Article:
1. Not finding help here? Sign up for a free 30min tutor trial with Chegg Tutors
    Dismiss Notice
Dismiss Notice
Join Physics Forums Today!
The friendliest, high quality science and math community on the planet! Everyone who loves science is here!

Domain Issues

  1. Sep 21, 2008 #1
    1. The problem statement, all variables and given/known data

    Find a. (f+g)(x) b. (f-g)(x) c. (fg)(x) d. (f/g)(x)

    f(x)=2x-5 & g(x)=4

    2. Relevant equations

    (f+g)(x)=2x-1
    (f-g)(x)=2x-9
    (fg)(x)=8x-20
    (f/g)(x)=2x-5/4

    3. The attempt at a solution
    When I've completed all the other equations, I'm stuck on domain. I'm thinking that its all reals, but I'm not quite sure on how this is true. Is it because it cannot equal zero, or a non-negative number?

    In other other words how exactly do you find the domain?
     
    Last edited: Sep 21, 2008
  2. jcsd
  3. Sep 21, 2008 #2
    Just a little note, they are actually asking for the *largest* possible domain of each function over the reals, as you can give a function any domain you want, as long as the function is defined for every element of its domain.
    Is there any value of x for which any of your functions does not yield a real number? If they exist, these x's cannot be in any domain of your function.
    Hint: The identity function I(x) = x is defined for all real numbers x. Your functions are just real numbers added to real multiples of this function. Ie., it boils down to showing that if x is a real number, then kx is also a real number for real k.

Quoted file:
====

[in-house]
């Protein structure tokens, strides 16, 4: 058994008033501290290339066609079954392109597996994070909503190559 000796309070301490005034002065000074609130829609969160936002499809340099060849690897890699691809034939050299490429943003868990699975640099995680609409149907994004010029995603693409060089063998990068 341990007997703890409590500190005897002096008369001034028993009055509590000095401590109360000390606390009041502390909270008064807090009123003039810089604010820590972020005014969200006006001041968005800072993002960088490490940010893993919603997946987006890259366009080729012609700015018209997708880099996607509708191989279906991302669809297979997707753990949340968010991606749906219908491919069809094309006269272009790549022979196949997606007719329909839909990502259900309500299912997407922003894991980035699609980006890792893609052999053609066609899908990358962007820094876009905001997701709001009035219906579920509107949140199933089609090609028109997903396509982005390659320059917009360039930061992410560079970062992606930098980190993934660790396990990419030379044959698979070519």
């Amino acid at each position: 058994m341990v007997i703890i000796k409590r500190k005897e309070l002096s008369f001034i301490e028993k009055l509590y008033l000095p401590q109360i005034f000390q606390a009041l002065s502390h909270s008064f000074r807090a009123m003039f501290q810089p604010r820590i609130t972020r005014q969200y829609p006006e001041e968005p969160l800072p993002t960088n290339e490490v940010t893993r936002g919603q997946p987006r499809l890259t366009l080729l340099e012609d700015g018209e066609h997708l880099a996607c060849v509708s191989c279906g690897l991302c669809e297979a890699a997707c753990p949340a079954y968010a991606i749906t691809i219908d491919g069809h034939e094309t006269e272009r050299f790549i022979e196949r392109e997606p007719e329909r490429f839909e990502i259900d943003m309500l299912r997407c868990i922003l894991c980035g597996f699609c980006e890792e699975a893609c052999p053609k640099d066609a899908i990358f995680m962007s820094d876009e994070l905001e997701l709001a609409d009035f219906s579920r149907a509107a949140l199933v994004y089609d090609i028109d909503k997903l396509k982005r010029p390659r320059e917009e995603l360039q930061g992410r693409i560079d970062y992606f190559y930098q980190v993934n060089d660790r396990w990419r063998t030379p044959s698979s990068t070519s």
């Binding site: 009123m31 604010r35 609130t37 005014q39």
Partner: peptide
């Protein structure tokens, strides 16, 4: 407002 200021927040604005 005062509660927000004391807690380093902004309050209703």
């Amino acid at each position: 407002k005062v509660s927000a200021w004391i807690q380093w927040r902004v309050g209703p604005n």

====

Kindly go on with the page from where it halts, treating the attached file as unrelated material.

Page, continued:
PS. Your (f/g)(x) is missing the division by 4.
     
  4. Sep 21, 2008 #3
    fg, f+g and f-g are defined everywhere, where f and g are both defined. f/g is defined everywhere, where f and g are both defined and g does not equal zero.
     
  5. Sep 21, 2008 #4
    What does the k represent? So if x is a real number then the domain should include all reals? So basically to find the domain you should plug in some x's to see if they aren't real numbers?

    I fixed the (f/g) forgot to add the /4.

    What!?
     
  6. Sep 21, 2008 #5

    HallsofIvy

    User Avatar
    Staff Emeritus
    Science Advisor

    Yes, xnoname0206 is correct. If the domains of f and g are not the same, the domains of fg, f+ g and f-g are the intersections of the domains of f and g. That is what xnoname0206 meant by "where f and g are both defined". f/g is defined on the intersection of the domains minus points where g(x)= 0.
     
Know someone interested in this topic? Share this thread via Reddit, Google+, Twitter, or Facebook

Have something to add?



Similar Discussions: Domain Issues
  1. Domain and Range (Replies: 4)

  2. Domain of a function (Replies: 4)

  3. Domain of a function (Replies: 5)

  4. Domain of the function (Replies: 2)

  5. Finding domain (Replies: 6)

Loading...